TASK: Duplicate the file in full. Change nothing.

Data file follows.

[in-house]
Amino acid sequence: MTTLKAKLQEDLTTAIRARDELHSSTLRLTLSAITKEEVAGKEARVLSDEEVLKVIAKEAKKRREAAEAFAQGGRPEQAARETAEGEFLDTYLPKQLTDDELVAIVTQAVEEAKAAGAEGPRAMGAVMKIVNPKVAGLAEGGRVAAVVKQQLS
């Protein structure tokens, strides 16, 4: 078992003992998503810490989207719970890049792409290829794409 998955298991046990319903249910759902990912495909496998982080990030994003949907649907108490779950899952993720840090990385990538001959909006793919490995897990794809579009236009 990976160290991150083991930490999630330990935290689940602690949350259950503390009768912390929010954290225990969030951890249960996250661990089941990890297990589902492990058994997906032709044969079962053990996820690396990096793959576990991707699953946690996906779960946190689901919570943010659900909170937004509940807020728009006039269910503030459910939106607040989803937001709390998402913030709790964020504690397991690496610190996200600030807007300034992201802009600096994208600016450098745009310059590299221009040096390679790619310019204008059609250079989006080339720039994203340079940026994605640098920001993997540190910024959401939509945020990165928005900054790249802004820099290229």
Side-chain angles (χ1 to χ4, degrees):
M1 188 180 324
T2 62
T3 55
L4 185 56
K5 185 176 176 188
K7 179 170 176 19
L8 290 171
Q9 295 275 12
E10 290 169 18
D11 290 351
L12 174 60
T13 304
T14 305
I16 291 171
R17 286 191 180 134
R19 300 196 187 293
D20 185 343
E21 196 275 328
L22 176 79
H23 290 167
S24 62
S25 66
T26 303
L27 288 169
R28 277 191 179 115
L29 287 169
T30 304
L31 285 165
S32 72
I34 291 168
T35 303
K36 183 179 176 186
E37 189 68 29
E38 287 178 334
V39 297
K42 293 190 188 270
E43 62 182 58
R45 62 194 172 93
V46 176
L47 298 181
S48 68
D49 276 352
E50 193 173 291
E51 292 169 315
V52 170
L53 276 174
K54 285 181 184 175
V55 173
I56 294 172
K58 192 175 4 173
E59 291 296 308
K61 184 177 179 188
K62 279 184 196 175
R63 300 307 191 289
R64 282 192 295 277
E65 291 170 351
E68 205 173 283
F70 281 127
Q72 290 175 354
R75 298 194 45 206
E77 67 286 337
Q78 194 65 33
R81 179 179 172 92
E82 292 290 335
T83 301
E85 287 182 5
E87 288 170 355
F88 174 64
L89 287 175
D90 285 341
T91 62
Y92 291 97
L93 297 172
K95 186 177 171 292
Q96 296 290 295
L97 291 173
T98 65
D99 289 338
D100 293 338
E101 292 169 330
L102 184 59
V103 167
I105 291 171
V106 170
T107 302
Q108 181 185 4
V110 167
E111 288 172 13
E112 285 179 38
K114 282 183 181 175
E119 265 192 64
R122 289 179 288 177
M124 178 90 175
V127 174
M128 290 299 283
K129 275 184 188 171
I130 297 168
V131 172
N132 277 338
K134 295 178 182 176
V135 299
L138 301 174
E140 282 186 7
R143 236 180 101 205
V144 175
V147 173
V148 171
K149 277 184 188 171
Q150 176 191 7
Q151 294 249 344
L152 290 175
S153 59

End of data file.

[in-house]
Amino acid sequence: MTTLKAKLQEDLTTAIRARDELHSSTLRLTLSAITKEEVAGKEARVLSDEEVLKVIAKEAKKRREAAEAFAQGGRPEQAARETAEGEFLDTYLPKQLTDDELVAIVTQAVEEAKAAGAEGPRAMGAVMKIVNPKVAGLAEGGRVAAVVKQQLS
């Protein structure tokens, strides 16, 4: 078992003992998503810490989207719970890049792409290829794409 998955298991046990319903249910759902990912495909496998982080990030994003949907649907108490779950899952993720840090990385990538001959909006793919490995897990794809579009236009 990976160290991150083991930490999630330990935290689940602690949350259950503390009768912390929010954290225990969030951890249960996250661990089941990890297990589902492990058994997906032709044969079962053990996820690396990096793959576990991707699953946690996906779960946190689901919570943010659900909170937004509940807020728009006039269910503030459910939106607040989803937001709390998402913030709790964020504690397991690496610190996200600030807007300034992201802009600096994208600016450098745009310059590299221009040096390679790619310019204008059609250079989006080339720039994203340079940026994605640098920001993997540190910024959401939509945020990165928005900054790249802004820099290229």
Side-chain angles (χ1 to χ4, degrees):
M1 188 180 324
T2 62
T3 55
L4 185 56
K5 185 176 176 188
K7 179 170 176 19
L8 290 171
Q9 295 275 12
E10 290 169 18
D11 290 351
L12 174 60
T13 304
T14 305
I16 291 171
R17 286 191 180 134
R19 300 196 187 293
D20 185 343
E21 196 275 328
L22 176 79
H23 290 167
S24 62
S25 66
T26 303
L27 288 169
R28 277 191 179 115
L29 287 169
T30 304
L31 285 165
S32 72
I34 291 168
T35 303
K36 183 179 176 186
E37 189 68 29
E38 287 178 334
V39 297
K42 293 190 188 270
E43 62 182 58
R45 62 194 172 93
V46 176
L47 298 181
S48 68
D49 276 352
E50 193 173 291
E51 292 169 315
V52 170
L53 276 174
K54 285 181 184 175
V55 173
I56 294 172
K58 192 175 4 173
E59 291 296 308
K61 184 177 179 188
K62 279 184 196 175
R63 300 307 191 289
R64 282 192 295 277
E65 291 170 351
E68 205 173 283
F70 281 127
Q72 290 175 354
R75 298 194 45 206
E77 67 286 337
Q78 194 65 33
R81 179 179 172 92
E82 292 290 335
T83 301
E85 287 182 5
E87 288 170 355
F88 174 64
L89 287 175
D90 285 341
T91 62
Y92 291 97
L93 297 172
K95 186 177 171 292
Q96 296 290 295
L97 291 173
T98 65
D99 289 338
D100 293 338
E101 292 169 330
L102 184 59
V103 167
I105 291 171
V106 170
T107 302
Q108 181 185 4
V110 167
E111 288 172 13
E112 285 179 38
K114 282 183 181 175
E119 265 192 64
R122 289 179 288 177
M124 178 90 175
V127 174
M128 290 299 283
K129 275 184 188 171
I130 297 168
V131 172
N132 277 338
K134 295 178 182 176
V135 299
L138 301 174
E140 282 186 7
R143 236 180 101 205
V144 175
V147 173
V148 171
K149 277 184 188 171
Q150 176 191 7
Q151 294 249 344
L152 290 175
S153 59